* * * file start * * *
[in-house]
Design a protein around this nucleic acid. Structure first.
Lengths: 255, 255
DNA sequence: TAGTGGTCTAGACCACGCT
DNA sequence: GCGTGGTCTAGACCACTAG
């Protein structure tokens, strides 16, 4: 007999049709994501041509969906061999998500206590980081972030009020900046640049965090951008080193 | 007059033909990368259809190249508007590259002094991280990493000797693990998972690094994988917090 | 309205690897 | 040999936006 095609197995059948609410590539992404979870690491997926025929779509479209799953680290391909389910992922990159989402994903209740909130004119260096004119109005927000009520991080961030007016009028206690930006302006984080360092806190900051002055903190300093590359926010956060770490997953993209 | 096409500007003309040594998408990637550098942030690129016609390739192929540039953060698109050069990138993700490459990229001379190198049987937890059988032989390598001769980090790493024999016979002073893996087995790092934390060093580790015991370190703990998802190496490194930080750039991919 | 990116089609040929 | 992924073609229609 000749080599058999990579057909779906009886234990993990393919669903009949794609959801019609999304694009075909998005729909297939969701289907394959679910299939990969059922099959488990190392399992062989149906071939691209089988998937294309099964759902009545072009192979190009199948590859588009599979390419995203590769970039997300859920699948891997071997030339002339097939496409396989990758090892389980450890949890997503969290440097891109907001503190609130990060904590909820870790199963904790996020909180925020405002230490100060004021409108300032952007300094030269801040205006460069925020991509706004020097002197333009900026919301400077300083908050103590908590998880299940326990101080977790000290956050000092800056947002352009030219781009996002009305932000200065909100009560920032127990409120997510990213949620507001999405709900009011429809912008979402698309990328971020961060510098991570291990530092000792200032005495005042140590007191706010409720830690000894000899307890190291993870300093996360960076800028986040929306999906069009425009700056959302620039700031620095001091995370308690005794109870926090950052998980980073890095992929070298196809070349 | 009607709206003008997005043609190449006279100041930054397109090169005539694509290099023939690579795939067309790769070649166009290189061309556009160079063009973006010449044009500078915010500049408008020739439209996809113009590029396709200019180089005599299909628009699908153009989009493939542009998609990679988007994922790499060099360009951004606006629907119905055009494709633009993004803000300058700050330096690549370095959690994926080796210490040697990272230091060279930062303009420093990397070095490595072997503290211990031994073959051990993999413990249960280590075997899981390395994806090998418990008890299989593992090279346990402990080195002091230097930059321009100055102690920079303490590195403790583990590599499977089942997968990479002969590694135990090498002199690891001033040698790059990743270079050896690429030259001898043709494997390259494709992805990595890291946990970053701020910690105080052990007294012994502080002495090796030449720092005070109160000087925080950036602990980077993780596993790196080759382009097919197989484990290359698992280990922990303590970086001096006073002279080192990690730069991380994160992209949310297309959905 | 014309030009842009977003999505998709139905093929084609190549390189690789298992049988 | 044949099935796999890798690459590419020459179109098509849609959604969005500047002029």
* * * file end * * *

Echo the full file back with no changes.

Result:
[in-house]
Design a protein around this nucleic acid. Structure first.
Lengths: 255, 255
DNA sequence: TAGTGGTCTAGACCACGCT
DNA sequence: GCGTGGTCTAGACCACTAG
């Protein structure tokens, strides 16, 4: 007999049709994501041509969906061999998500206590980081972030009020900046640049965090951008080193 | 007059033909990368259809190249508007590259002094991280990493000797693990998972690094994988917090 | 309205690897 | 040999936006 095609197995059948609410590539992404979870690491997926025929779509479209799953680290391909389910992922990159989402994903209740909130004119260096004119109005927000009520991080961030007016009028206690930006302006984080360092806190900051002055903190300093590359926010956060770490997953993209 | 096409500007003309040594998408990637550098942030690129016609390739192929540039953060698109050069990138993700490459990229001379190198049987937890059988032989390598001769980090790493024999016979002073893996087995790092934390060093580790015991370190703990998802190496490194930080750039991919 | 990116089609040929 | 992924073609229609 000749080599058999990579057909779906009886234990993990393919669903009949794609959801019609999304694009075909998005729909297939969701289907394959679910299939990969059922099959488990190392399992062989149906071939691209089988998937294309099964759902009545072009192979190009199948590859588009599979390419995203590769970039997300859920699948891997071997030339002339097939496409396989990758090892389980450890949890997503969290440097891109907001503190609130990060904590909820870790199963904790996020909180925020405002230490100060004021409108300032952007300094030269801040205006460069925020991509706004020097002197333009900026919301400077300083908050103590908590998880299940326990101080977790000290956050000092800056947002352009030219781009996002009305932000200065909100009560920032127990409120997510990213949620507001999405709900009011429809912008979402698309990328971020961060510098991570291990530092000792200032005495005042140590007191706010409720830690000894000899307890190291993870300093996360960076800028986040929306999906069009425009700056959302620039700031620095001091995370308690005794109870926090950052998980980073890095992929070298196809070349 | 009607709206003008997005043609190449006279100041930054397109090169005539694509290099023939690579795939067309790769070649166009290189061309556009160079063009973006010449044009500078915010500049408008020739439209996809113009590029396709200019180089005599299909628009699908153009989009493939542009998609990679988007994922790499060099360009951004606006629907119905055009494709633009993004803000300058700050330096690549370095959690994926080796210490040697990272230091060279930062303009420093990397070095490595072997503290211990031994073959051990993999413990249960280590075997899981390395994806090998418990008890299989593992090279346990402990080195002091230097930059321009100055102690920079303490590195403790583990590599499977089942997968990479002969590694135990090498002199690891001033040698790059990743270079050896690429030259001898043709494997390259494709992805990595890291946990970053701020910690105080052990007294012994502080002495090796030449720092005070109160000087925080950036602990980077993780596993790196080759382009097919197989484990290359698992280990922990303590970086001096006073002279080192990690730069991380994160992209949310297309959905 | 014309030009842009977003999505998709139905093929084609190549390189690789298992049988 | 044949099935796999890798690459590419020459179109098509849609959604969005500047002029």